Stewart Hegeman, who designed the original Harman Kardon Citation line of electronics and one of the first omnidirectional speakers (for Eico) is credited with coming up with the saying, "A straight wire with gain." I've always understood it to mean that the ultimate goal of a high-performance audio system was to sound as if the music was passing through nothing except a wire and some way to control gain. Of course when Hegeman came up with this expression it was assumed that wire didn't do anything to the sound. Over the subsequent years we have been found that even wire has some influence on how things sound. Some would even say a BIG influence.
But I've noticed that some audiophiles see "straight wire with gain" as a rallying cry to find, buy, or build audio gear with the simplest circuitry, least number of parts, and shortest possible signal path. And while I've heard some gear with very simple circuits that sounded great, such as the Nelson Pass designed single-ended class-A power amplifiers, generally the very simple systems I've experienced are good, but not great, because they usually don't handle frequency extremes as well as they handle the midrange.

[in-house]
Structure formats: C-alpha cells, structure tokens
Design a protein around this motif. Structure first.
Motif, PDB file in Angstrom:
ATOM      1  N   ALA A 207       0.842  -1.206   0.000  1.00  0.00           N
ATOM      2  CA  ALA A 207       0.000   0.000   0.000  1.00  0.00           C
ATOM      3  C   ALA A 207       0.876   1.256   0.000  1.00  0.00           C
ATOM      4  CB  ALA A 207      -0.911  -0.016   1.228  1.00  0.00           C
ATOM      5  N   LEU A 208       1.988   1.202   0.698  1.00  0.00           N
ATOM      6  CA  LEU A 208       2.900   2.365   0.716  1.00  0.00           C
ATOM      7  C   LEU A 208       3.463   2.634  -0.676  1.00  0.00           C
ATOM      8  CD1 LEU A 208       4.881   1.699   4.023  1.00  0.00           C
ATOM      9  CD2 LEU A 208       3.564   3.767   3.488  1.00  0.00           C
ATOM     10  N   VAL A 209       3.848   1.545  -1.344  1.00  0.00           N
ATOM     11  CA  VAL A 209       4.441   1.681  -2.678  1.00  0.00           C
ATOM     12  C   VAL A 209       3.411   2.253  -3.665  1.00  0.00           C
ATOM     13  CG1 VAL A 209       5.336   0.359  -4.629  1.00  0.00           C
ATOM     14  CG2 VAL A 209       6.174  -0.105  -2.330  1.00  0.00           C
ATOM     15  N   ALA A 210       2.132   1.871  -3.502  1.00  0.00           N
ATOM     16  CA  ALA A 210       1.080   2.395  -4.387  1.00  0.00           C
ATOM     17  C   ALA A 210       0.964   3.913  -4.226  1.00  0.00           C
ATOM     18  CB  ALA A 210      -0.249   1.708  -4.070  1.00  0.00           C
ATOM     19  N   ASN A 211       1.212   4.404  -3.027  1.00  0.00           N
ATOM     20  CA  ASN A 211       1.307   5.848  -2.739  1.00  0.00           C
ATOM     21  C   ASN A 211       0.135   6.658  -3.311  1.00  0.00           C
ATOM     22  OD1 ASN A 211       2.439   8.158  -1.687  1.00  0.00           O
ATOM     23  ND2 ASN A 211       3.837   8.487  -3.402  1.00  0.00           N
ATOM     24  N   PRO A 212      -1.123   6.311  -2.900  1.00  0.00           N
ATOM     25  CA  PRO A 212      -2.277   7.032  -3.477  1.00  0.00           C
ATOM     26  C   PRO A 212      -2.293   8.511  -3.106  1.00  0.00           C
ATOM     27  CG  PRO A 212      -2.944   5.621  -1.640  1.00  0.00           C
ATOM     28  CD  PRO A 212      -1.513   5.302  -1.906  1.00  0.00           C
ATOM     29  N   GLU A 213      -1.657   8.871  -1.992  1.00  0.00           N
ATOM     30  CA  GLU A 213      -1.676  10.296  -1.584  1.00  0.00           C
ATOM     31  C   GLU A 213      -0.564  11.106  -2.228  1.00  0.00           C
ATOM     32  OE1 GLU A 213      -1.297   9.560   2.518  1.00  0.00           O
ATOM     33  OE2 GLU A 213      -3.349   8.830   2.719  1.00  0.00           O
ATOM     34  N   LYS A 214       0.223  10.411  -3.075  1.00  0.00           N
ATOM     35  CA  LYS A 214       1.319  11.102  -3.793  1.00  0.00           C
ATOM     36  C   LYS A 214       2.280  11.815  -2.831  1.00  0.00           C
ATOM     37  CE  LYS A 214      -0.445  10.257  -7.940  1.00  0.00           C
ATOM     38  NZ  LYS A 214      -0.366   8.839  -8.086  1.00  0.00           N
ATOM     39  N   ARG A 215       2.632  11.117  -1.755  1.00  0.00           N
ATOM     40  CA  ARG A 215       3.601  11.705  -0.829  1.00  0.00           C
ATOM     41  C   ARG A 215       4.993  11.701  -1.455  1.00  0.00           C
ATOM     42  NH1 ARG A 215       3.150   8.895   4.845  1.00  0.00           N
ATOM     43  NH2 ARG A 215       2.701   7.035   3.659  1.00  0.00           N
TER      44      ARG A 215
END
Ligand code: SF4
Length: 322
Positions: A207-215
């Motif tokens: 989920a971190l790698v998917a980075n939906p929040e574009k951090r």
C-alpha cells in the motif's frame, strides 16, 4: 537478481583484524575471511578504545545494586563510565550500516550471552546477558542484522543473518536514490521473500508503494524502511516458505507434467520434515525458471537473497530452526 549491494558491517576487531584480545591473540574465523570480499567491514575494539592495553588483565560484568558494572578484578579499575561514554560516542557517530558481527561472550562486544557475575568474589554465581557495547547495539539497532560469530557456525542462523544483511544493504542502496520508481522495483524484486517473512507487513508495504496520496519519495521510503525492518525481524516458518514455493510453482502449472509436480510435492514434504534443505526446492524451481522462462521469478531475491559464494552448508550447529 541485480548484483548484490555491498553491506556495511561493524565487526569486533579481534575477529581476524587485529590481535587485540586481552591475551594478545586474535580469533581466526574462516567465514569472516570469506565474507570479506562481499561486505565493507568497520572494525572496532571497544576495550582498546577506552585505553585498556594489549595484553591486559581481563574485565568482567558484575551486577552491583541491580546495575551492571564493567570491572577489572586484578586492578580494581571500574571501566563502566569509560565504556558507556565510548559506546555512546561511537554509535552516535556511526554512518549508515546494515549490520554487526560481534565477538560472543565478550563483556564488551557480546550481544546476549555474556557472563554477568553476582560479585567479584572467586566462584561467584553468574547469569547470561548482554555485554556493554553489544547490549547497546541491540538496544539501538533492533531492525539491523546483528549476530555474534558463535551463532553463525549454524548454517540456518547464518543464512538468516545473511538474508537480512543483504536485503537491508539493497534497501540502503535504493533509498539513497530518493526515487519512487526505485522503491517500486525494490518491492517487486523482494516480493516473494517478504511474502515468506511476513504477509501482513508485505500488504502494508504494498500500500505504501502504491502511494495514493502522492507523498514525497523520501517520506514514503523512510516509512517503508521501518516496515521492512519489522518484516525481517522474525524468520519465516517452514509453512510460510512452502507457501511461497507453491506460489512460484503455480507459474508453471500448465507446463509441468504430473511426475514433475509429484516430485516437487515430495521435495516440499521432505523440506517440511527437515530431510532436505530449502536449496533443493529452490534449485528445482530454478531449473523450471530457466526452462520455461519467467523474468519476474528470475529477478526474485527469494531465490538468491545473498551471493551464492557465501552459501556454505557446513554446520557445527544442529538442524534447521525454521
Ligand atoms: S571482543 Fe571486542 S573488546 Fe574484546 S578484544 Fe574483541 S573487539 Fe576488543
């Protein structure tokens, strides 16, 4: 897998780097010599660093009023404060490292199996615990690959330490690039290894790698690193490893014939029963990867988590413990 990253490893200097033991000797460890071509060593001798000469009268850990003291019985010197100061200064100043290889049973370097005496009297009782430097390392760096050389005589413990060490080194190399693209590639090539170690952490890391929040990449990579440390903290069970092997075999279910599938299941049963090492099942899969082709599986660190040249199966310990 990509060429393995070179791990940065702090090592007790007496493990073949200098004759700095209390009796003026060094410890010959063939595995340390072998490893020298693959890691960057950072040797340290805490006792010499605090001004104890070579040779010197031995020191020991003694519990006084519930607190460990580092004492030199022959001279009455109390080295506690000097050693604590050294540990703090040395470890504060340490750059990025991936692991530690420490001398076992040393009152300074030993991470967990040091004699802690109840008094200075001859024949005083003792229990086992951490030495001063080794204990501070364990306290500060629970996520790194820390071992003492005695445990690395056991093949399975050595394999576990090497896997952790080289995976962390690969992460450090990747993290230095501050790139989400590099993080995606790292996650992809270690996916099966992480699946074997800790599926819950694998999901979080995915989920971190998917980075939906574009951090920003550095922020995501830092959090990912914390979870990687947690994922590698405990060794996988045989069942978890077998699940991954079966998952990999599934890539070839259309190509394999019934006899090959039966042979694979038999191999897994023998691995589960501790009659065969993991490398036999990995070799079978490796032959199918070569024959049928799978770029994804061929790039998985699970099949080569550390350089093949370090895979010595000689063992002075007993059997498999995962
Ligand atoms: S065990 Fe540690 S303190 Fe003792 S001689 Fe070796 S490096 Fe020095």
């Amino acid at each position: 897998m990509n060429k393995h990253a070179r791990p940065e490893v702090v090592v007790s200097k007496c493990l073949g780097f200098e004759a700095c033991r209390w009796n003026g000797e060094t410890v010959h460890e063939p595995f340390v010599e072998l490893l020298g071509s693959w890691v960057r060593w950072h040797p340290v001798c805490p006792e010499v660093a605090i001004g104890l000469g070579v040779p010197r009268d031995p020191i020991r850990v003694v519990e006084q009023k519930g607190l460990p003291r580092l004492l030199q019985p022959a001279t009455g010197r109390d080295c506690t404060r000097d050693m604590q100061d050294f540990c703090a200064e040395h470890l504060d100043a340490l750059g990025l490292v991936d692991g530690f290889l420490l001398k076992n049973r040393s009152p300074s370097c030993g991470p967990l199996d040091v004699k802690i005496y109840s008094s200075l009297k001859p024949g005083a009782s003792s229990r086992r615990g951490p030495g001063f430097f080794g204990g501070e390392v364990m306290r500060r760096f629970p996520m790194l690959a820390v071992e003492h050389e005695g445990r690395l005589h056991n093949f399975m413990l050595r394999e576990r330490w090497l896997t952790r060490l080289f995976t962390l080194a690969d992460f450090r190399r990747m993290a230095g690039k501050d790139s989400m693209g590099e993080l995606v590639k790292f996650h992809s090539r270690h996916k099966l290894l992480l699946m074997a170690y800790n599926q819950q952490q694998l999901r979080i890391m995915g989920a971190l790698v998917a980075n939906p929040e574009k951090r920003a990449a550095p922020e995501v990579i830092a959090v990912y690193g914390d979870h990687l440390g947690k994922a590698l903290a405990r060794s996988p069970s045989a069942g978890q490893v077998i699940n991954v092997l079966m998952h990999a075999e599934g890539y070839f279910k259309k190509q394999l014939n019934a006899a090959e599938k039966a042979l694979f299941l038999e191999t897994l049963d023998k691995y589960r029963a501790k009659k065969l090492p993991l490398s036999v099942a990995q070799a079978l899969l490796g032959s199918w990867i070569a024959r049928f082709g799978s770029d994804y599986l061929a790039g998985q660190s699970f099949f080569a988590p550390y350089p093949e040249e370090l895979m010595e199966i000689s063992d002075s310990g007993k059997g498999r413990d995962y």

But for some people a great midrange trumps all other considerations - hence the number of Quad ESL57s still in service. I've owned QUAD ESL 57s, and except for a few "magical" combinations, such as pairing them with Marantz Model 9s in triode mode, getting any sort of bass extension will require a crossover, subwoofers, and the other stuff (like extra cabling) that goes along with adding subwoofers. That is not a simple system. And if you want some high frequency extension you wind up with something akin to an HQD system, which is decidedly more complex than the basic Quad ESL57 system you started out with.
So for most practical purposes the expression "straight wire with gain" is an ideal or a concept, not a design recipe. But how do you tell how close you've gotten to this ideal? Simple - you do A/B bypass tests. J. Gordon Holt was very big on A/B bypass tests. And what is an A/B bypass test? It's a listening test where you can easily insert and then bypass a component in the signal chain. The ultimate goal is that you hear absolutely no difference when the component is in the signal chain verses when it has been bypassed. As I've learned over the years, very few preamps or cables pass this test.